I joined Google, and we started to retool our translation system toward competing in the NIST Machine Translation Evaluation, a “bake-off” among research institutions and companies to build better machine translation. Google’s massive computing infrastructure and ability to crunch vast sets of web data gave us strong results. This was a major turning point: it underscored how effective the data-driven approach could be.

But at that time our system was too slow to run as a practical service—it took us 40 hours and 1,000 machines to translate 1,000 sentences. So we focused on speed, and a year later our system could translate a sentence in under a second, and with better quality. In early 2006, we rolled out our first languages: Chinese, then Arabic.

We announced our statistical MT approach on April 28, 2006, and in the six years since then we’ve focused primarily on core translation quality and language coverage. We can now translate among any of 64 different languages, including many with a small web presence, such as Bengali, Basque, Swahili, Yiddish, even Esperanto.

Today we have more than 200 million monthly active users on translate.google.com (and even more in other places where you can use Translate, such as Chrome, mobile apps, YouTube, etc.). People also seem eager to access Google Translate on the go (the language barrier is never more acute than when you’re traveling)—we’ve seen our mobile traffic more than quadruple year over year. And our users are truly global: more than 92 percent of our traffic comes from outside the United States.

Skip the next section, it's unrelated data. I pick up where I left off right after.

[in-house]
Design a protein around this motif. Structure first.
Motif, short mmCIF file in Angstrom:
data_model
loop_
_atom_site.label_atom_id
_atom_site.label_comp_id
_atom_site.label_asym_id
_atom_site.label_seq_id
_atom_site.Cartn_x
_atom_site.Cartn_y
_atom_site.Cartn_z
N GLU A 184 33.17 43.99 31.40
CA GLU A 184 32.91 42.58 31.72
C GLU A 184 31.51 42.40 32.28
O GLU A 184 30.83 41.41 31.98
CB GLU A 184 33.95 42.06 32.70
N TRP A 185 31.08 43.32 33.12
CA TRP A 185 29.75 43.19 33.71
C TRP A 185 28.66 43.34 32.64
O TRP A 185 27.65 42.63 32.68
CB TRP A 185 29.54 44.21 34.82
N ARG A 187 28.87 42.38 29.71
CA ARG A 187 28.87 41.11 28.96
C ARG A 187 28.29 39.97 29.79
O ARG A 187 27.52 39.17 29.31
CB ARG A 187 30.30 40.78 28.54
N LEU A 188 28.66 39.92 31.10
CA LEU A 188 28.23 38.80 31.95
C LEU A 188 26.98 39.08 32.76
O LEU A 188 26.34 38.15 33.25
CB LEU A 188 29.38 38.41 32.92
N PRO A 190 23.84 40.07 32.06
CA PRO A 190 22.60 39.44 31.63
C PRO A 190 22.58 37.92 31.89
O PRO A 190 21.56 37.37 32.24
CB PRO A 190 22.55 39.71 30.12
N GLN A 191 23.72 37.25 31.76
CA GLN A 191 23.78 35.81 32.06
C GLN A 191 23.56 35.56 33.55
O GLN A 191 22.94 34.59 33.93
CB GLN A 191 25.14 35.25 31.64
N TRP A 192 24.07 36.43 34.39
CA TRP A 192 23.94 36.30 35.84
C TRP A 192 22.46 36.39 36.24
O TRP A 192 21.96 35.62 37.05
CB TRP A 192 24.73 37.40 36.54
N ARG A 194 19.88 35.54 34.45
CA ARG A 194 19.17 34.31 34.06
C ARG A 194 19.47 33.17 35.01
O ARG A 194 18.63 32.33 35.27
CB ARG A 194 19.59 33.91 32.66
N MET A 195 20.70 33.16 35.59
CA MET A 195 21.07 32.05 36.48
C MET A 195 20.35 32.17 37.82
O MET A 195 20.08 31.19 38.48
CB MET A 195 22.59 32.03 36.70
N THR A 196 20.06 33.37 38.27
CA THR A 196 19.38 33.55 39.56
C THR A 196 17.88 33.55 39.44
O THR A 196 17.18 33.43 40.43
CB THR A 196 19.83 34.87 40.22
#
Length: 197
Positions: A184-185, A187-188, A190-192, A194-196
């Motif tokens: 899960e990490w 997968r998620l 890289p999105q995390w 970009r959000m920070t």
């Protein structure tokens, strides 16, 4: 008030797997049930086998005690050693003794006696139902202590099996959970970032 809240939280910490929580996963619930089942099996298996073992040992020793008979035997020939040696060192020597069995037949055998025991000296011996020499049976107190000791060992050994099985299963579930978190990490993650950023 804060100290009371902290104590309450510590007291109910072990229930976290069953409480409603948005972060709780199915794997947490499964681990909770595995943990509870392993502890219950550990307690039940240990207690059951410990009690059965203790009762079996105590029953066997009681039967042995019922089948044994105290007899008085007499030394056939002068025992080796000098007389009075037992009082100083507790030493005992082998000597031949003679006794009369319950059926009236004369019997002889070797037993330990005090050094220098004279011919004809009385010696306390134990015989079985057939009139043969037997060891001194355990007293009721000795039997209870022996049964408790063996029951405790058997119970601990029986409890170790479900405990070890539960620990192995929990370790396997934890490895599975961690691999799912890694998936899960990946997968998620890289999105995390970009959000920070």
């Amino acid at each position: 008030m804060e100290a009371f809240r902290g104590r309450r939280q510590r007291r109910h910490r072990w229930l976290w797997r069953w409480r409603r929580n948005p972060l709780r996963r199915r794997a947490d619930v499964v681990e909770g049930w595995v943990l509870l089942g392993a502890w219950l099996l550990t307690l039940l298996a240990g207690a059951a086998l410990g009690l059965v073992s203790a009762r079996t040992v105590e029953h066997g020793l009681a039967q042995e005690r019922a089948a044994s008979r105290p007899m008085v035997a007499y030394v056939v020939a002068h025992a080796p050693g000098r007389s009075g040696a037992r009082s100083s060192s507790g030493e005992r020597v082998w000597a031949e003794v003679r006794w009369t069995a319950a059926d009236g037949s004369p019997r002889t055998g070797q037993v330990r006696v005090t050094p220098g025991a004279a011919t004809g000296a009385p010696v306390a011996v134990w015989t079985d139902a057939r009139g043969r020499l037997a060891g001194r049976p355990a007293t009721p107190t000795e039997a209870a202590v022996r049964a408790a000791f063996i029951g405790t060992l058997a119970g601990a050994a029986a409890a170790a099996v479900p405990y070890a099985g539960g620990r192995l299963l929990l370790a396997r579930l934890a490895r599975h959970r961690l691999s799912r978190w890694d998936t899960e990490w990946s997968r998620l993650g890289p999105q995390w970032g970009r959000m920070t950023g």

by Franz Och

Distinguished Research Scientist, Google

 

// Thx to - The Next Web

LA Times Festival of Books – largest in the country, includes Stan Lee, John Cusack, Betty White, Anne Rice

If you’re free this weekend, April 21-22, 2012, you might want to attend the Los Angeles Times Festival of Books. The largest book festival in the country with more than 140,000 attendees, 400 authors, 300 exhibitors, 100 panels, cooking demonstrations, and poetry readings.

The festival is a free public event held on the campus of University of Southern California (USC).

One note is that the panels require $1 reservations, not sold the day-of. These will be some of the most interesting events, including movie screenings, celebrity authors, and special releases, so it is worth it to get them now before they sell out.

Out of the 120+ panels, here are the ones that tickled our fancy:

  • DIY Revolution
  • Future Books: Media in the Digital Age
  • Disposable Nation: Trash & Consequences
  • Anne Rice in Conversation with Scott Timberg
  • The Nerds Shall Inherit the Earth

We will be there all-day Sunday and hope to see you!